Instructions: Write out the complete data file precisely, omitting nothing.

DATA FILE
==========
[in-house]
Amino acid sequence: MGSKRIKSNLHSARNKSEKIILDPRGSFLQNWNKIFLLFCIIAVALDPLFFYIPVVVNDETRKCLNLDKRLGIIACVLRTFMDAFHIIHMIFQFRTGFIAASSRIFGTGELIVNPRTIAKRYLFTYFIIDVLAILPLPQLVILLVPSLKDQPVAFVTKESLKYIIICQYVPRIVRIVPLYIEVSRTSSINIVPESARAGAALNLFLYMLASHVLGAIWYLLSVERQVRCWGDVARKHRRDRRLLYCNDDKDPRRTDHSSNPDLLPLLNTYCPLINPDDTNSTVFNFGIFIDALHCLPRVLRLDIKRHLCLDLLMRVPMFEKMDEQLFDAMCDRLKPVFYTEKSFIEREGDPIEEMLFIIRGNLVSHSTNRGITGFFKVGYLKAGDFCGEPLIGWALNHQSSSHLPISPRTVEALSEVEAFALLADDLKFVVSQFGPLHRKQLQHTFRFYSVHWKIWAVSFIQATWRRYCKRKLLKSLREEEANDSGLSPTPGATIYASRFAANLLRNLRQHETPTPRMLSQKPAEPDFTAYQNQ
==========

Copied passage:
[in-house]
Amino acid sequence: MGSKRIKSNLHSARNKSEKIILDPRGSFLQNWNKIFLLFCIIAVALDPLFFYIPVVVNDETRKCLNLDKRLGIIACVLRTFMDAFHIIHMIFQFRTGFIAASSRIFGTGELIVNPRTIAKRYLFTYFIIDVLAILPLPQLVILLVPSLKDQPVAFVTKESLKYIIICQYVPRIVRIVPLYIEVSRTSSINIVPESARAGAALNLFLYMLASHVLGAIWYLLSVERQVRCWGDVARKHRRDRRLLYCNDDKDPRRTDHSSNPDLLPLLNTYCPLINPDDTNSTVFNFGIFIDALHCLPRVLRLDIKRHLCLDLLMRVPMFEKMDEQLFDAMCDRLKPVFYTEKSFIEREGDPIEEMLFIIRGNLVSHSTNRGITGFFKVGYLKAGDFCGEPLIGWALNHQSSSHLPISPRTVEALSEVEAFALLADDLKFVVSQFGPLHRKQLQHTFRFYSVHWKIWAVSFIQATWRRYCKRKLLKSLREEEANDSGLSPTPGATIYASRFAANLLRNLRQHETPTPRMLSQKPAEPDFTAYQNQ